It should be noted that the Cumulative Frequency (< type) corresponding to the highest value and the Cumulative Frequency (> type) corresponding to the lowest value are both equal to the total frequency which is 30.

**Cumulative Frequency Distribution of Continuous Variable**

Let us refer to the following frequency distribution:

Class Intervals(Temperatures in ) | Frequency |

17-20 | 17 |

21-24 | 7 |

25-28 | 10 |

29-32 | 9 |

33-36 | 7 |

Total | 50 |

The cumulative frequency distribution will be:

Class Intervals(Temperatures in ) | Class Boundaries | Frequency | Cumulative Frequency | Relative Frequency | Cumulative Relative Frequency | ||

(< type) | (> type) | (< type) | (> type) | ||||

17-20 | 16.5-20.5 | 17 | 17 | 50 | 0.34 | 0.34 | 1.00 |

21-24 | 20.5-24.5 | 7 | 24 | 33 | 0.14 | 0.48 | 0.66 |

25-28 | 24.5-28.5 | 10 | 34 | 26 | 0.20 | 0.68 | 0.52 |

29-32 | 28.5-32.5 | 9 | 43 | 16 | 0.18 | 0.86 | 0.32 |

33-36 | 32.5-36.5 | 7 | 50 | 7 | 0.14 | 1.00 | 0.14 |

Total | – | 50 | – | – | 1.00 | – | – |

In case of a continuous variable, the distribution will always be grouped. Hence, for a continuous variable the cumulative frequencies, instead of corresponding to individual values correspond to class boundaries. The same rule is followed as in the case of grouped frequency distribution of a discrete variable. Cumulative Frequency(< type) corresponds to upper class boundaries and Cumulative Frequency(> type) corresponds to lower class boundaries.

Here, he Cumulative Frequency(< type) corresponding to the class boundary 20.5 is 17 which means that the number of values less than or equal to 20.5 is 17. Similarly, the Cumulative Frequency(< type) corresponding to the class boundary 28.5 is 34 which means the number of values is 17+7+10=34, i.e., there are 34 values less than or equal to 28.5. Similarly, the Cumulative Frequency(> type) corresponding to the value 28.5 is 16 which means the number of values is 9+7=16, i.e., there are 16 values greater than or equal to 28.5.

If we want to find out the proportion of values less or greater than a particular value we refer to the Cumulative Relative Frequency columns. The Cumulative Relative Frequency (< type) corresponding to the class boundary 28.5 is 0.68 which means that the number of values less than or equal to 28.5 is 0.68 part of the total number of values. Again, Cumulative Relative Frequency (> type) corresponding to the class boundary 28.5 is 0.32 which means that the number of values greater than or equal to 28.5 is 0.32 part of the total number of values.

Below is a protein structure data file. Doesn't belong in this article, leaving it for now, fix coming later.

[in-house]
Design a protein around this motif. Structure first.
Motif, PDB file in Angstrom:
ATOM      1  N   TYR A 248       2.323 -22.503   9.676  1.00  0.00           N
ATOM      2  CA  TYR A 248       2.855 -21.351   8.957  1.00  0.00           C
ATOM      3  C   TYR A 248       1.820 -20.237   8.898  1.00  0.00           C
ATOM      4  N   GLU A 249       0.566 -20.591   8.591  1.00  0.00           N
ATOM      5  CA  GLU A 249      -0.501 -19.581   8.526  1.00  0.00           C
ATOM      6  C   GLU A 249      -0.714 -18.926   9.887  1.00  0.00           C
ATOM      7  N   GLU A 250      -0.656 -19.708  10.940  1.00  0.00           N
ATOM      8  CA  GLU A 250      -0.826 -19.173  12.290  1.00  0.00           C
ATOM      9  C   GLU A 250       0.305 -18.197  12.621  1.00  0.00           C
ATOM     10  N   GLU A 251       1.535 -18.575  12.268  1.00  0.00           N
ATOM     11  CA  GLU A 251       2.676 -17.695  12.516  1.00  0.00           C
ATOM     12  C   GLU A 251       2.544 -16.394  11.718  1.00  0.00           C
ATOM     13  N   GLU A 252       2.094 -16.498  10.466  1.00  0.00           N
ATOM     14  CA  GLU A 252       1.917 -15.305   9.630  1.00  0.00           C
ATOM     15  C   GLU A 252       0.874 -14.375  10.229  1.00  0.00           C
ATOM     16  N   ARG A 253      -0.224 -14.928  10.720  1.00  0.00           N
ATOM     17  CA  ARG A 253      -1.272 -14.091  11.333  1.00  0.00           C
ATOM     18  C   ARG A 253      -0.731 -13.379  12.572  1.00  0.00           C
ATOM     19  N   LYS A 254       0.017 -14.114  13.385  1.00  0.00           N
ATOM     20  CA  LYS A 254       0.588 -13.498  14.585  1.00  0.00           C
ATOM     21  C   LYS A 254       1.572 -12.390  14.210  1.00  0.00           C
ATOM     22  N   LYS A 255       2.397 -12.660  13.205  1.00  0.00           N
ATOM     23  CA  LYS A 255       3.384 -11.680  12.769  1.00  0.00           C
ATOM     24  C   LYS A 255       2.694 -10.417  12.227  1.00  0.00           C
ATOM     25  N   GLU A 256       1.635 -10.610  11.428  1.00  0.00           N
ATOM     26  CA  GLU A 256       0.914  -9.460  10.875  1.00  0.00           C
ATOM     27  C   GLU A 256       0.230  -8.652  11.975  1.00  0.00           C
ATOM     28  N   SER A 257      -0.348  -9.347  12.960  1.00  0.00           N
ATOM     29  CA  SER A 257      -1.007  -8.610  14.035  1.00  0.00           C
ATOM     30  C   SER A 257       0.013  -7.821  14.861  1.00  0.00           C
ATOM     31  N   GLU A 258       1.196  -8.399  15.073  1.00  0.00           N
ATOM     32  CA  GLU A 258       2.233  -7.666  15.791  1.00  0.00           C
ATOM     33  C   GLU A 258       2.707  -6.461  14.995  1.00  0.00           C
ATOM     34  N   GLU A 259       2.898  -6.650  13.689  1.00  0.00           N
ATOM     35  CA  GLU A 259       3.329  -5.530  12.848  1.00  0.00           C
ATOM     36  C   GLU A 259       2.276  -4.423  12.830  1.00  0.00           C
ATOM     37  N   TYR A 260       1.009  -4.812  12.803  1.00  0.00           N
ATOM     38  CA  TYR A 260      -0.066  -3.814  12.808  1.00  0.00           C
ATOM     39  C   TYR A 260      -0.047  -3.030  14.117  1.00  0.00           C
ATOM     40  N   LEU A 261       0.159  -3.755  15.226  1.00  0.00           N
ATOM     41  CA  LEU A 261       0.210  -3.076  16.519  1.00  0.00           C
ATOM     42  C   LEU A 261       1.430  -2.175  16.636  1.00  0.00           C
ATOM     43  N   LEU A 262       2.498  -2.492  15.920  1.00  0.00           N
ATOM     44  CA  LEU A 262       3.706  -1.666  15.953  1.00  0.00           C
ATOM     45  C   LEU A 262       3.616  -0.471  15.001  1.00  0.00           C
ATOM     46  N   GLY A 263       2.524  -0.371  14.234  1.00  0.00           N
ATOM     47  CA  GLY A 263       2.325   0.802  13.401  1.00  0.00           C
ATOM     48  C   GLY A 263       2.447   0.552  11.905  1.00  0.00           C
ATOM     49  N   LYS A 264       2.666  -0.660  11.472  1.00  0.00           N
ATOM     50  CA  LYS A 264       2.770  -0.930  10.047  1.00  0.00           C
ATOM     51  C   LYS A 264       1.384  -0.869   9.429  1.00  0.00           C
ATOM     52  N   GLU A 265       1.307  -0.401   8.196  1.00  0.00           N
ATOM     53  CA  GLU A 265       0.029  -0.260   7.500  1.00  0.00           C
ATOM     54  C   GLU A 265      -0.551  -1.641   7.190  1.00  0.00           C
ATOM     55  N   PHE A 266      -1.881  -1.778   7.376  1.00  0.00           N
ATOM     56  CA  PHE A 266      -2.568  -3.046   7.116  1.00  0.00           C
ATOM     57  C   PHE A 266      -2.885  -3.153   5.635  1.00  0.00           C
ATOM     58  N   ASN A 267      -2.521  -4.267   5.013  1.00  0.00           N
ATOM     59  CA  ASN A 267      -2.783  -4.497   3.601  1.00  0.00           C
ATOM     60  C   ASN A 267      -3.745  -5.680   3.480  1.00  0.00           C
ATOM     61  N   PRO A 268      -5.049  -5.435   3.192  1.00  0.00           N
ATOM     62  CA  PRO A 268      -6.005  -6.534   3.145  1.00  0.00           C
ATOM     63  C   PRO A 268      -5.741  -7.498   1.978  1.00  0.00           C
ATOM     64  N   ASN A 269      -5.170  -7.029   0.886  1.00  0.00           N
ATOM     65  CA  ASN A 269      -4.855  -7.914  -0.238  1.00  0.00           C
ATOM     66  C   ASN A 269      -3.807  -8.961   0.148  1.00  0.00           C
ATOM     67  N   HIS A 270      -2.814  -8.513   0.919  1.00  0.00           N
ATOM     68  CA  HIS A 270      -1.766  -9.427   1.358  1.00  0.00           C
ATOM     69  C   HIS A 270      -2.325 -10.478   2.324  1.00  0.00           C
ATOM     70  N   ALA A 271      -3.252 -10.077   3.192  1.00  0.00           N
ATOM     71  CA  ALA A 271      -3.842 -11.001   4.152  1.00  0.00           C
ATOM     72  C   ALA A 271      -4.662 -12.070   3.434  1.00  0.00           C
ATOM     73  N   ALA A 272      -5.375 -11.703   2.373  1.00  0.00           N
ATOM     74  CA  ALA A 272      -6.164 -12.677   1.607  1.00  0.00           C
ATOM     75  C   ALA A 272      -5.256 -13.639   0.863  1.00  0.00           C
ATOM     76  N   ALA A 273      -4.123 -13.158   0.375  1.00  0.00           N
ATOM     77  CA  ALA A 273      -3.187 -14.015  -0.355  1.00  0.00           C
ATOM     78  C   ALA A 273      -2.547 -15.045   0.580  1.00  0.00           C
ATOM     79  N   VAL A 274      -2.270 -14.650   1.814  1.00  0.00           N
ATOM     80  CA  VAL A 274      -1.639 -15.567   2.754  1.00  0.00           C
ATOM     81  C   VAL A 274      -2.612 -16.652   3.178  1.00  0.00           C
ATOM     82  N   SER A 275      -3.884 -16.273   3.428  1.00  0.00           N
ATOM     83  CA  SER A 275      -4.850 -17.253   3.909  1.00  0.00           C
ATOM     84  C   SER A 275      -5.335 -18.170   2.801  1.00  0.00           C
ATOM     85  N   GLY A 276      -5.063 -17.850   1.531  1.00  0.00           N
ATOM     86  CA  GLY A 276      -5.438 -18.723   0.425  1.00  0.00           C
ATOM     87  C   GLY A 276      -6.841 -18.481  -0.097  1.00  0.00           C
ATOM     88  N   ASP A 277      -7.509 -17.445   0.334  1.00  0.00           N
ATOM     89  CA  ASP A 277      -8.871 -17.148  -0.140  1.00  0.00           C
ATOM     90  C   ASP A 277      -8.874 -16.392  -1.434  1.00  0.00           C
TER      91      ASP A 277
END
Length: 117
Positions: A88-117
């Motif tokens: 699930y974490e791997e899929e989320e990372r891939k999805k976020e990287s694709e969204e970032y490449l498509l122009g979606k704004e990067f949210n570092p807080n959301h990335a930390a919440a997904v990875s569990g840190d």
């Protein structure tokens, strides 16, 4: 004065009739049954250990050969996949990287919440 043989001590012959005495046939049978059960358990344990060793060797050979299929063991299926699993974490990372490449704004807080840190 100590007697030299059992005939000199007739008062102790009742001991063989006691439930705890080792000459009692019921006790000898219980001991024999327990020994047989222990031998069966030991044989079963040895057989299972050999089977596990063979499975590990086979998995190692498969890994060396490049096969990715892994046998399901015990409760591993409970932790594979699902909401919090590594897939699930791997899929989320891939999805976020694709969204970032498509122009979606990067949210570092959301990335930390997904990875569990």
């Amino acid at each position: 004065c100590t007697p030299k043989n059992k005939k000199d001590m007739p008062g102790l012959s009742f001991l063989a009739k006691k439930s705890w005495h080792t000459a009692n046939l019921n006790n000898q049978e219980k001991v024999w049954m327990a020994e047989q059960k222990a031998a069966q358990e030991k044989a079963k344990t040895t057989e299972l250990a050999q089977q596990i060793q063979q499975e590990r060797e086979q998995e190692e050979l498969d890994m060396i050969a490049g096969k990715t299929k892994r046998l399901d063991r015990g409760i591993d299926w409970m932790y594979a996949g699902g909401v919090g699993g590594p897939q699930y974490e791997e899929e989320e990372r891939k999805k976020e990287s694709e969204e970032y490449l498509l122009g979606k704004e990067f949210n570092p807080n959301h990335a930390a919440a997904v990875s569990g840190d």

It should be noted that the Cumulative Frequency (< type) corresponding to the upper class boundary of the highest class and the Cumulative Frequency (> type) corresponding to the lower class boundary of the lowest class are both equal to the total frequency which is 50.

**Exercise**

1. Convert the following frequency distribution into a more than type cumulative frequency distribution:

Weekly Wages (Rs.) | 30 | 60 | 90 | 120 | 150 | 180 |

Number of Workers | 22 | 74 | 132 | 171 | 189 | 200 |

2. Calculate the greater than type and less than type cumulative frequencies for the following frequency distributions:

Weight of persons (in pound) | Number of persons |

125-134 | 10 |

135-144 | 24 |

145-154 | 36 |

155-164 | 50 |

165-174 | 36 |

175-184 | 20 |

185-194 | 14 |

195-204 | 10 |

** **3. Obtain the frequency distribution from the data on the weights (in Kg.) of 30 college students:

Weights (in Kg.) | Number of students |

Below 40 | 1 |

Below 50 | 6 |

Below 60 | 16 |

Below 70 | 24 |

Below 80 | 30 |